289-90. Giving and receiving a selam. See the gloss to lines 186-87 above.
294. [X] began to shout. See the gloss to line 173 above.
304-70. Catalogue I: Invitations to wedding/summons to battle.
Catalogues such as this one are stock elements in South Slavic oral epic, especially in Moslem songs (which by virtue of their length more often feature such extensive muster-lists than do the shorter Christian songs) and, within that group, in the Wedding Song subgenre (see the glosses to lines 1ff. and 252-77 above). The sequence consists of two parts: (1) the writing of the letters, each according to a pattern that varies to accommodate the individuality of the addressee, and (2) the arrival of the invited heroes, together with their forces, again according to a pattern that allows for variation within limits. Avdo Medjedović’s SM
provides an excellent example of lengthy catalogues in a Wedding Song (SCHS
3: 167-74 [invitations], 182-201 [arrivals];SCHS
4: lines 6481-7108 [invitations], 7691-9309 [arrivals]; note the discrepancy of six lines in the two volumes’ typesetting over the position of the final catalogue boundary); all together, Medjedović’s catalogues comprise more than 2200 lines, or approximately one-sixth of the entire performance. It is important to note that the list of those who actually arrive seldom corresponds precisely – that is, textually – to the list of those who were summoned; idiomatically, it is the traditional implications of this two-part “word” that matter.
The invitation letters in HB’s ŽBM are contained within a ring-structure or envelope, itself a common compositional strategy in this and other oral epic traditions, that marks the beginning and end of this initial catalogue. Matched to his observation that “[Mustajbey] wrote letters to the four compass-points” (“Knjige piše na četiri strane,” 305) is the corresponding terminal notation that the bey “Sent them off to the four compass-points” (“Rasturijo na četiri strane,” 370). Between these traditional bookends the letters unfold as pattern-based increments that consist of a notation that the bey wrote a letter (whether the first, second, or whatever), a line of speech introduction (which shows that the singer and his tradition conceive of these epistles as long-distance, face-to face communications), the individualized message and request for armed assistance, and a transition verse to the next letter (such as “He prepared that one, immediately wrote another” [“vOnu spremi, modma’ drugu piše,” 314]). Here is the list of invitees:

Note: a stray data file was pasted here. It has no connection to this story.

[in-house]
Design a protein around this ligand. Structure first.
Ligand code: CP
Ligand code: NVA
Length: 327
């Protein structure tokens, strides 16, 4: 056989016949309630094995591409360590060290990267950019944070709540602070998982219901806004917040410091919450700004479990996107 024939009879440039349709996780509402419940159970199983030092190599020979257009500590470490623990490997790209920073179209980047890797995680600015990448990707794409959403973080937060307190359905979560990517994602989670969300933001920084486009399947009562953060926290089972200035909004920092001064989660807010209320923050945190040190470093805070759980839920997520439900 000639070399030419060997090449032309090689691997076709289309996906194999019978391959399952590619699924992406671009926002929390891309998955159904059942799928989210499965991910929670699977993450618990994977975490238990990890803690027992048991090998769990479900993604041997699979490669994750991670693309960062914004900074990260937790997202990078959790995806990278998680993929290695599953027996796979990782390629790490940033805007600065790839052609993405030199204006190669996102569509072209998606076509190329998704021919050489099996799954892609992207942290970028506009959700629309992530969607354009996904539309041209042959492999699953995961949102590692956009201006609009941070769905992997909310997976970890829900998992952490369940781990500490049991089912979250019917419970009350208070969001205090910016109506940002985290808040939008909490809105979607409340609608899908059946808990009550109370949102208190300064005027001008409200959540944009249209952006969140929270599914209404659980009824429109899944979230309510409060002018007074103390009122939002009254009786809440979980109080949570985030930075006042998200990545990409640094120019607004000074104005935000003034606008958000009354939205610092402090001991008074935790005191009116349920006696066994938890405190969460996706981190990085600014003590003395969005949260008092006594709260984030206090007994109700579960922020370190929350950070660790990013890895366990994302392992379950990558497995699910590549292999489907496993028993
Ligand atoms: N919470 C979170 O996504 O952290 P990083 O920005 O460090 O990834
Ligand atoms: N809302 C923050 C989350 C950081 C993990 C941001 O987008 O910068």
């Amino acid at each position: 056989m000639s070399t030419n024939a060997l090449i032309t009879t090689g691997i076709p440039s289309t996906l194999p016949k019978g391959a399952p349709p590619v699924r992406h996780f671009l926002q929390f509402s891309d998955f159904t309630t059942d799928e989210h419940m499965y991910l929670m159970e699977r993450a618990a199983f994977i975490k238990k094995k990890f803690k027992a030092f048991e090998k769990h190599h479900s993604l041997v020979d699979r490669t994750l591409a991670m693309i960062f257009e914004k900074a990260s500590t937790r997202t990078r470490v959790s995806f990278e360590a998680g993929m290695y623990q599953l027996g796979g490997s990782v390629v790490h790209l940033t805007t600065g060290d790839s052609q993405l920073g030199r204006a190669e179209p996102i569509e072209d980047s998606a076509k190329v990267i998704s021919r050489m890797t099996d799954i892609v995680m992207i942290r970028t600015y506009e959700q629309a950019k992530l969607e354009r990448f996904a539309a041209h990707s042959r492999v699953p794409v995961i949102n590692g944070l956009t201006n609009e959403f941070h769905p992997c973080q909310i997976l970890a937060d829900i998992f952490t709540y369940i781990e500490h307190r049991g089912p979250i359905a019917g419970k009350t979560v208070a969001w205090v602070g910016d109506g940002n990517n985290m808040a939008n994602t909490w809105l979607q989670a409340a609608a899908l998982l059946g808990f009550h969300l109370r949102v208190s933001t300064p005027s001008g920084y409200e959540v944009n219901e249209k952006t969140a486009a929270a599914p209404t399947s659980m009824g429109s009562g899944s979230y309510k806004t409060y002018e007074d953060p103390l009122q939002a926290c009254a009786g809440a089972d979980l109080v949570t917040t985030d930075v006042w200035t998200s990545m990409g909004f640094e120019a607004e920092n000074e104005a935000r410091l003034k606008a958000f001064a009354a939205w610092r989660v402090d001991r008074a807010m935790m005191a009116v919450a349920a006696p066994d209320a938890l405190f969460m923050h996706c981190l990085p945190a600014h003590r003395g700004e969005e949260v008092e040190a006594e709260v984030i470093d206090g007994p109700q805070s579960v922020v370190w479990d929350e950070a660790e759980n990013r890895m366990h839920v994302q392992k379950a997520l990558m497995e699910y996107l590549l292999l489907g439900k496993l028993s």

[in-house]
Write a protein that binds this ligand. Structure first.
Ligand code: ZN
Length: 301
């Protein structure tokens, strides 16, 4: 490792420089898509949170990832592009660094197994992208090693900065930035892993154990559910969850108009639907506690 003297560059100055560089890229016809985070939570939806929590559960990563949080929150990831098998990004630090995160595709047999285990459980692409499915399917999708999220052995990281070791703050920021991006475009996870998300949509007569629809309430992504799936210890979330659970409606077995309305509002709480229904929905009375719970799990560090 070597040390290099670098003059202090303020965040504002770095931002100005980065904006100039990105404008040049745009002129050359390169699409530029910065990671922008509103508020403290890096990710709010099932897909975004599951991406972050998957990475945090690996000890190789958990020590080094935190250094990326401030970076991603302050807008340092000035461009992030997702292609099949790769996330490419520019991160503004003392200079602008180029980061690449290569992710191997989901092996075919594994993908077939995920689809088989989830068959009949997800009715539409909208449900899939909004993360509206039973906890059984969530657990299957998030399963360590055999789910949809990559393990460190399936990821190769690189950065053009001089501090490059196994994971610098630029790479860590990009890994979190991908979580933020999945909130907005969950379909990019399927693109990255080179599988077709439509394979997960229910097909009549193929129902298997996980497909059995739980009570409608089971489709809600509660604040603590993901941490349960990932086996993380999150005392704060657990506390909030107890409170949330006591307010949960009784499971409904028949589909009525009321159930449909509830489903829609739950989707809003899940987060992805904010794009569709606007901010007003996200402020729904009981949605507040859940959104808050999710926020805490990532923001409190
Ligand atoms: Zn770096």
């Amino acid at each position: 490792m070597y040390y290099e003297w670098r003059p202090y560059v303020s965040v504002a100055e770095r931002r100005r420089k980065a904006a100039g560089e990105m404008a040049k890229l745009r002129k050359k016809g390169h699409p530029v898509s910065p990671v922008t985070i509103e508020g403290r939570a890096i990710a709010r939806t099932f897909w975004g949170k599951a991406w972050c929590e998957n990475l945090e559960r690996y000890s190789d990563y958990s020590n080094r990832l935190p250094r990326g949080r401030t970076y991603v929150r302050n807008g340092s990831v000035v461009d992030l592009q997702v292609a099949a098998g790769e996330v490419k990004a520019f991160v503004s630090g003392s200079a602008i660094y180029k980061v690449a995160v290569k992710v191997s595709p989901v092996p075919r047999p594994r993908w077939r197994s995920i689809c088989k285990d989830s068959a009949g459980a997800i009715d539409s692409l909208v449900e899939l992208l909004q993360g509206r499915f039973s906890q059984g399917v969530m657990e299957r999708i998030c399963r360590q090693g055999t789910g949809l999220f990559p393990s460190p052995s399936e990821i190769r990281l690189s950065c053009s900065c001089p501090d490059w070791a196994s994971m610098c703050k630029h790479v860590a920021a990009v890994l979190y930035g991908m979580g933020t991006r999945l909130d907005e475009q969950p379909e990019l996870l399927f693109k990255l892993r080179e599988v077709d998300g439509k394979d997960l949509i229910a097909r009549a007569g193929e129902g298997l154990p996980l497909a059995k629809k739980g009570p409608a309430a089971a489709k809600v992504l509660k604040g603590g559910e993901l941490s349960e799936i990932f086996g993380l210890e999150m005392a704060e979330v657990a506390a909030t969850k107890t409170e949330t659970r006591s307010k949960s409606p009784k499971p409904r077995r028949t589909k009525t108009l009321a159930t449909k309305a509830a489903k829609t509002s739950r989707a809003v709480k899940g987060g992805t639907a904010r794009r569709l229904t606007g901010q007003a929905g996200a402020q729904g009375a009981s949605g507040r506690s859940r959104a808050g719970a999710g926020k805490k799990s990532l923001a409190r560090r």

- 304-5. Introduction to letter-writing
- 306-13. Letter # 1: Pasha of Budim
- 314-26. Letter # 2: Osmanbey
- 327-36. Letter # 3: Bišćević Alija
- 337-43. Letter # 4: Captain Mujo
- 344-57. Letter # 5: King of Pokrajlo
- 358. [False ending?]
- 359-68. Letter # 6: Topalović Huso
- 369-70. Closure to letter-writing (ring-composition with 305)
It appears from line 358 that HB made an in-performance adjustment, adding a sixth letter to Topalović Huso before actually sending all of the letters off. See further Catalogue II (arrivals) at lines 390-401, with gloss, a passage that describes the appearance of (most of) those summoned. On catalogues in South Slavic and central Asian oral epic, see Lord 1991: 221-22; cf. also the Catalogue of Ships and Men in Book 2 of Homer’s Iliad.
307. “And in this way he gave him a selam.” Unlike the phrase that keys the entry of a new character, a subsequent meeting, and a conversation that begins with questions about identity (see the gloss to lines 186-87 above), this “word” amounts to a ritualized speech introduction (within a “voiced” letter; see further the gloss to lines 304-70). Like the “[X] began to shout” pattern (see the gloss to line 173 above), it thus subordinates the literal meaning of the component words to the idiomatic sense of the composite “word” – namely, to introduce an immediately following speech. Deflection from literal to traditional meaning takes many forms in South Slavic oral epic tradition, as indeed in oral poetries worldwide, including the muting of characteristic semantic distinctions in favor of the functionality of larger speech-increments. See the additional examples of this idiomatic phrase at lines 316 and 331.
316. “And in this way he gave him a selam.” See the gloss to line 307 above.
331. “And in this way he gave him a selam.” See the gloss to line 307 above.
371-79, 380-89. Cannon signals. These two passages offer an example of a loosely configured traditional unit with considerable flexibility. It amounts to a “word” that can be quite differently inflected from one instance to another. Only three lines actually recur formulaically (374/381, 376/382, 377/383), but the general structure is clear: the servant runs to the hearth, fetches a brand, and ignites the cannon; the resulting signal echoes from town to town, summoning the bey’s allies. This is a familiar sequence of events in the South Slavic epic tradition at large.